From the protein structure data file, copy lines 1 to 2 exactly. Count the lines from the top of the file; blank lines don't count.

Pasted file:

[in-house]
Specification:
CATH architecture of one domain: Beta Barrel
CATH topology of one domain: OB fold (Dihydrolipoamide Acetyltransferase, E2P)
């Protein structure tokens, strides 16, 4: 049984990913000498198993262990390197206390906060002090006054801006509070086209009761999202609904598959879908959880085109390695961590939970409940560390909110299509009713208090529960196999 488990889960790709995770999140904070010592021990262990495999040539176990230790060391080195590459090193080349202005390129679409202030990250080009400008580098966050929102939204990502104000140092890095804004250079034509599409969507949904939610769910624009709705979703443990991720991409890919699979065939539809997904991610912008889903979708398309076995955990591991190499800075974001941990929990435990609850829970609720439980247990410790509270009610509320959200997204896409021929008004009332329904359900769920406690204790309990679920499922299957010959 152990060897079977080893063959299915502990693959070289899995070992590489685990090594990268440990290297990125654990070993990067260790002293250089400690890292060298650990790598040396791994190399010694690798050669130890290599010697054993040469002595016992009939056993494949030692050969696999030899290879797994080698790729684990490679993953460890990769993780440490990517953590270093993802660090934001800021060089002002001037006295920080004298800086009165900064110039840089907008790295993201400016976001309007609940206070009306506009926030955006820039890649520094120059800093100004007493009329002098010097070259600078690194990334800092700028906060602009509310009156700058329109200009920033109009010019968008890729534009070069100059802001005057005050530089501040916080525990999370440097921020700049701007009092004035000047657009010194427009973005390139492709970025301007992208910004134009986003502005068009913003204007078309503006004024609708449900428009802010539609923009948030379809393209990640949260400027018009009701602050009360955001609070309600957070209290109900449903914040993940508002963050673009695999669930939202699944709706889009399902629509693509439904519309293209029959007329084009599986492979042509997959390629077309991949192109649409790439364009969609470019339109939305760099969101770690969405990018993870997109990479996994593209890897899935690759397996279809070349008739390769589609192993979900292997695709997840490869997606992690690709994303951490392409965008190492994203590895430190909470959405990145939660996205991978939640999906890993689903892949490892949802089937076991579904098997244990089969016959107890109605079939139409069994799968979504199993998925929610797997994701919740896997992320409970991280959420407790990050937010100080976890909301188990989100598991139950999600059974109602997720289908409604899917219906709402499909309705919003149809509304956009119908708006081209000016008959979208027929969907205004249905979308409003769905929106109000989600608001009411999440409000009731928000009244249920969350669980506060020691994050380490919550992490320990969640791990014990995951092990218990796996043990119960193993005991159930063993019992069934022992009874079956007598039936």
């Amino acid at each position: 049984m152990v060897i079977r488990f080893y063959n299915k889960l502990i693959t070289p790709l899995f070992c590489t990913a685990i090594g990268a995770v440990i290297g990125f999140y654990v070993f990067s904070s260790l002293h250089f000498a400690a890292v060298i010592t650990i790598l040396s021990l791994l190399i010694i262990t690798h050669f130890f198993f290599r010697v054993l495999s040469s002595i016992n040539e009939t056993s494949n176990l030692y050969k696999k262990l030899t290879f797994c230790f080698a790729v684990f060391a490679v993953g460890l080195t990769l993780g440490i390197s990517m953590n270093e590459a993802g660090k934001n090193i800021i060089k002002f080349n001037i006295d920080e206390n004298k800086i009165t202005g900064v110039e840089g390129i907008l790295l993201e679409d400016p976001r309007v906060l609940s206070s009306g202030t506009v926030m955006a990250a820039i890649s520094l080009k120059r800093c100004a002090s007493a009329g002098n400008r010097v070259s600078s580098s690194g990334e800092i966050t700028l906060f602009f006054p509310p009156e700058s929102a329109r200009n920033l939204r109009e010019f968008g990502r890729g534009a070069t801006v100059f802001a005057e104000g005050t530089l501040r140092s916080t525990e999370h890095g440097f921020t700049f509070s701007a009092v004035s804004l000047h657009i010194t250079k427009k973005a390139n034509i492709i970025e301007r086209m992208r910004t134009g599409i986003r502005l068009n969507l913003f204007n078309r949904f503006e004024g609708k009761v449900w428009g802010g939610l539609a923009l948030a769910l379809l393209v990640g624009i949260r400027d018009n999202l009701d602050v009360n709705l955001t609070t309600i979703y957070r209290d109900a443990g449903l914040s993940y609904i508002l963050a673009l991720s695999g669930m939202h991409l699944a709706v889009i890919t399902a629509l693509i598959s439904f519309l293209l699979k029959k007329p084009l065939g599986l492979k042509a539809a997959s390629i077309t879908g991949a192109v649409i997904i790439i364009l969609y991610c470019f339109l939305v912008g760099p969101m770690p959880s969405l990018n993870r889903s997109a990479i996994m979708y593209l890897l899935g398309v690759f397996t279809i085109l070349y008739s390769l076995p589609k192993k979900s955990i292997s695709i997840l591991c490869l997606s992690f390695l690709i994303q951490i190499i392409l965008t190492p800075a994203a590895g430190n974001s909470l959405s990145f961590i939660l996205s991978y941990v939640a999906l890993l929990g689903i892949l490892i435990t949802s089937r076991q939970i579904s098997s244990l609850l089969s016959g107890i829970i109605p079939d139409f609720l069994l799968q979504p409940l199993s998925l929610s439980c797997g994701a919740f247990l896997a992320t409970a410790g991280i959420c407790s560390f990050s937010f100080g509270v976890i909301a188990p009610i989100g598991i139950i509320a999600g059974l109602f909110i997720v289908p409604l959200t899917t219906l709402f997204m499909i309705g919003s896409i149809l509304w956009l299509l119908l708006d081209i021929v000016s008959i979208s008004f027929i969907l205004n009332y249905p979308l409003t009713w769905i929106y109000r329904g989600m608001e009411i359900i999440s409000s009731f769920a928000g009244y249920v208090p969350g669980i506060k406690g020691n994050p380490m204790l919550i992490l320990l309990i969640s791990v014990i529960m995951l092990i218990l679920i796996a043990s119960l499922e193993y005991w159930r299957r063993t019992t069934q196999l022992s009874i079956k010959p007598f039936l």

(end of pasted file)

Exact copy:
[in-house]
Specification: